Awamaki is a nonprofit organization based in Ollantaytambo at the forefront of responsible travel in the Sacred Valley. They organize a wide range of excursions, from full-day Peruvian cooking and woodcarving classes to weekend long excursions.
Spent three days and two nights in a traditional Andean village and hike to glacial lakes. You’ll stay with a Quechua family and visit their farm. Learn about their ancient weaving traditions during a lesson taught by a local weaver and then test out your new skills. It’s a truly rich cultural experience, and one you’ll talk about for years to come. Ask your travel advisor for more information about incorporating responsible travel into your Sacred Valley itinerary.
Where to eat
Food options in Ollantaytambo mirror the traveling crowd passing through; on-the-go and international. The town is one the few places in the Sacred Valley where you’ll see a to-go coffee sign. Local cafes line the main street and town plaza, offering yummy sandwiches and pastries for a quick meal. Restaurant feature varied menus, from traditional and Peruvian-fusion options to pizzas, Mexican food, and vegetarian plates. The following are some of our recommended eateries in town:
El Alburgue Restaurant (nono-Andina cuisine)
The restaurant at El Alburgue Bed & Breakfast is one of the best places to enjoy a nice sit-down meal in Ollantaytambo. It’s hard to top a tasty meal made with freshly picked vegetables, friendly service, and its unique setting at the local train station. A mix of Peruvian and European flavors make up the menu. Folks rave about the alpaca steaks and burgers! The delicious veggie-packed and quinoa stew is a great meatless option.
El Alburgue restaurant is a small venue and reservations are recommended. To get there, walk to the Ollantaytambo train station and let the ticket guard know you’re going to the restaurant and they’ll let you pass. The restaurant’s sister cafe, Cafe Mayu, is a good place to grab a coffee or quick snack nextdoor. Location: Albergue Hotel, Ollantaytambo Train Station
Puka Rumi (Mexican fusion cuisine)
Generous portions of Mexican-inspired food are dished up at the locally owned Puka Rumi restaurant. Just a few blocks from the entrance to the Inca ruins, it’s a convenient place to curb your hunger en route to the train station or your hotel. After a soup starter, chow down on a hearty burrito accompanied with a plateful of different toppings, including guacamole. Address: Ventiderio (w/o number)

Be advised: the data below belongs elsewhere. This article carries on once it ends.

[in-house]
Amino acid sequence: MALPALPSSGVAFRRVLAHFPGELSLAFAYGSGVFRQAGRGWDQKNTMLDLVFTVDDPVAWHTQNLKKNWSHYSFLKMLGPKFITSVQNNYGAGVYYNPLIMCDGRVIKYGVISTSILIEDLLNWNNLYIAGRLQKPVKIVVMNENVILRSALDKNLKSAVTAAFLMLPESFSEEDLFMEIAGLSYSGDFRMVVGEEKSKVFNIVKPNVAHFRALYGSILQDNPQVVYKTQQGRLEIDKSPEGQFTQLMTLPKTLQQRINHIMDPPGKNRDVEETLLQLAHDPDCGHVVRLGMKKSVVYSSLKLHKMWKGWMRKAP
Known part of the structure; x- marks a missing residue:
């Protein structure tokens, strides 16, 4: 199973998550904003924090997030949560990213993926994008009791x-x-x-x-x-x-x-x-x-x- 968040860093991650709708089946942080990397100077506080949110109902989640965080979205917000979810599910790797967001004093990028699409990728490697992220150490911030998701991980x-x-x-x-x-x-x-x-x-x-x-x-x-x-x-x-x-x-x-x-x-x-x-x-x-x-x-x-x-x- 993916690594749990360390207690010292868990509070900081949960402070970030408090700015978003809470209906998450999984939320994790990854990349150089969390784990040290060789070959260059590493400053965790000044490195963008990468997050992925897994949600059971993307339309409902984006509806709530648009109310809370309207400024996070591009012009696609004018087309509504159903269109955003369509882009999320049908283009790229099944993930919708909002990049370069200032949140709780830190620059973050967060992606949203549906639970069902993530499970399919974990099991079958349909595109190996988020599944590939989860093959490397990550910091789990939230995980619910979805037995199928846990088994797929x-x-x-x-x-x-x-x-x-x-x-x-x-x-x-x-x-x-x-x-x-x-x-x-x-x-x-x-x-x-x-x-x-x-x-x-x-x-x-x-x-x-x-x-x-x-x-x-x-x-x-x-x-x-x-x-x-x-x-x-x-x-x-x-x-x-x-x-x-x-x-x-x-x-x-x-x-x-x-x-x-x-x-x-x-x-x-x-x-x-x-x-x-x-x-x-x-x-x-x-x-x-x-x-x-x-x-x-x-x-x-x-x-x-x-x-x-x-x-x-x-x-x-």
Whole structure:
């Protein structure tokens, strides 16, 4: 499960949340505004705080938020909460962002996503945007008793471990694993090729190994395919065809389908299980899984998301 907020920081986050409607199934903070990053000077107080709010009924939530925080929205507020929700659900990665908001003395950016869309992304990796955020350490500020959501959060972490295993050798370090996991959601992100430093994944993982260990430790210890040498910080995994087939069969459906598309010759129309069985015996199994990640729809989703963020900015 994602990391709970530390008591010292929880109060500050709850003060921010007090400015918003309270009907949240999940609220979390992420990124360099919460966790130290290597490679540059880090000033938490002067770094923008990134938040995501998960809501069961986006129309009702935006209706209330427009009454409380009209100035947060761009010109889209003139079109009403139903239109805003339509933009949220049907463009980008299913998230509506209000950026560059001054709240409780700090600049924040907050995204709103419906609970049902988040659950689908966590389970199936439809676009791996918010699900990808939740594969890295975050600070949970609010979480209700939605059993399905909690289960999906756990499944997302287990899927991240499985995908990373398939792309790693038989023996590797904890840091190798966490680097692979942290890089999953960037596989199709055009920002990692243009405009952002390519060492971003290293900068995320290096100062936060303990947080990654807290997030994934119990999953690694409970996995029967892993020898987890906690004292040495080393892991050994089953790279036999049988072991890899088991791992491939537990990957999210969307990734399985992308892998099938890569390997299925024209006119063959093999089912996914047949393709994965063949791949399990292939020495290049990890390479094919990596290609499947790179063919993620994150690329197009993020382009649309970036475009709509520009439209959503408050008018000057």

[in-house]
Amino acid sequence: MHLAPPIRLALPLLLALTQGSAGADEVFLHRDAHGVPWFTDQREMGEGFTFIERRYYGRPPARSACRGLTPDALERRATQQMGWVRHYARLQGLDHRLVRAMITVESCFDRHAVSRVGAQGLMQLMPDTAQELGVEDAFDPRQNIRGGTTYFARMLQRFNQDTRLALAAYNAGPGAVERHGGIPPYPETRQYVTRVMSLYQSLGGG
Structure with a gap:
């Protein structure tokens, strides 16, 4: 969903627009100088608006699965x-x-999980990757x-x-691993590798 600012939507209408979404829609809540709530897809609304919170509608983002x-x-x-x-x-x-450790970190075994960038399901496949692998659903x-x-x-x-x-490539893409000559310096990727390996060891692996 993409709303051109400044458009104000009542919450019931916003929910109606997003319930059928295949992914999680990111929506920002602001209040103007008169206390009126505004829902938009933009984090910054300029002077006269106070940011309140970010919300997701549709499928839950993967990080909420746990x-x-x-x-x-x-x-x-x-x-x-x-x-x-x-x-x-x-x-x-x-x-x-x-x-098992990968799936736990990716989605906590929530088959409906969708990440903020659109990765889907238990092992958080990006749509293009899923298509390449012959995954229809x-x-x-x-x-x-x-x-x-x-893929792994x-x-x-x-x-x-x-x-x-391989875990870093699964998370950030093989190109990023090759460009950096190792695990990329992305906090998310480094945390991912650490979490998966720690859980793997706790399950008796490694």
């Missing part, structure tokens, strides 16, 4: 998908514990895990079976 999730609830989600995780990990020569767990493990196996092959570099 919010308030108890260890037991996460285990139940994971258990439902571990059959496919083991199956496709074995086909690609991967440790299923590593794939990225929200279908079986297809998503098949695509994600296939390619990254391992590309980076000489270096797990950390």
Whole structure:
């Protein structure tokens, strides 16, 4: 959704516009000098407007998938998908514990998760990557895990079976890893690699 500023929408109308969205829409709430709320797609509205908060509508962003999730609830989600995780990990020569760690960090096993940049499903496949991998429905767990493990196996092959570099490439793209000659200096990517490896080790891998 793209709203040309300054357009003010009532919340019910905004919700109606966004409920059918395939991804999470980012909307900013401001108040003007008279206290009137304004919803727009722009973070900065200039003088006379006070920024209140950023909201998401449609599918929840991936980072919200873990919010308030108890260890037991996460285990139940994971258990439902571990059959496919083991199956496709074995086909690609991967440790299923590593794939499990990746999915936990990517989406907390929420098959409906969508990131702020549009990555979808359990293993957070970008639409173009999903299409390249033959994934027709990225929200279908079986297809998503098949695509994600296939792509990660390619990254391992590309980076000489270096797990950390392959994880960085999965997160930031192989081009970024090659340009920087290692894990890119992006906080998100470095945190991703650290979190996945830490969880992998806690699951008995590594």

Blue Puppy (Peruvian fusion cuisine)
Blue Puppy restaurant features a Peruvian-Italian-Mexican fusion menu. Options are plentiful, so this is a great place for larger groups or folks with dietary restrictions to come. Start off with cheese fries or nachos as an appetizer. If you’re craving something more healthy, order the pumpkin carrot cream soup or a salad topped with fresh veggies. The restaurant’s main courses range from sandwiches, quesadillas, pizzas, and vegetarian options. Ask for a table on the second floor for the best views of the town and mountain scenery. Address: Plaza de Armas, Calle del Horno, http://www.cuzcodining.com
This Ollantaytambo-based pizzeria borders the main plaza, and you may sit inside or ask for a table outside to watch daily movement. The thin crust pizzas are baked-to-order in a wood-stove oven. Pachamama’s Italian menu also features meat dishes, pastas, and salads. Stop by for breakfast, lunch, or dinner.
The menu at this quaint cafe ranges from American-style breakfast plates to sandwiches and small snacks. Sip on a cappuccino or espresso and enjoy the free WiFi. A longtime favorite in Ollantaytambo, this cafe is run by a local nonprofit to help support indigenous communities in the region. Address: Avenida Ventiderio
La Esquina Cafe & Bakery
The bright walls and splashes of Andean design at La Esquina compliment its laid atmosphere. This popular cafe and bakery serves soups, sandwiches, burgers and international dishes. Try their carrot-ginger soup; BLT or tomato pesto grilled cheese sandwiches; and/or delicious cinnamon rolls. To compliment your meal, order a fresh juice, coffee, or some beer brewed in the Sacred Valley. Address: Plaza de Armas, Ollantaytambo
Small corner stores, called bodegas in Peru, are a great place to pick up crackers, cookies, or nuts to snack on during tours and independent exploration. Don’t forget to buy bottled water too! In Ollantaytambo, bodegas are concentrated around the plazas and principal streets running through town.
How do you pronounce Ollantaytambo?
The town’s name is notoriously difficult to say. Here’s a breakdown: “Oh-yahn-tai-tam-boh.” If the mouthful of syllables is still too much, you can always shorten the name to “Ollanta,” as locals often do.
The Peruvian Nuevo Sol (or Soles for short) are used for transactions at most restaurants, shops and markets. Coins (1 Sole, 2 Soles, 5 Soles) are convenient for smaller purchases since vendors in Ollantaytambo don’t always have change for larger notes (50 or 100 Sole bills). Some businesses accept US money with no blemishes or rips.
There’s an ATM in the main Ollantaytambo plaza that dispenses local and US currency. Check with your bank about what foreign transaction fees apply to your bank card in Peru and put a travel alert on your account.
Health & Safety
A little common sense can go a long way to keep you healthy while traveling. In Peru, buy bottled water to drink. Never drink the water from the tap in Ollantaytambo, or anywhere in the country for that matter. Street food is another temptation. It may look and taste good, but tap water is often used for cleaning and bacteria you’re not immune to may linger, leading to stomach aches.
Ollantaytambo is a hub for travelers going to Machu Picchu and petty theft sometimes happens. Keep a watchful eye over your daypack, camera and smartphone. Leave excess cash and other valuables in the safety box at your hotel when possible.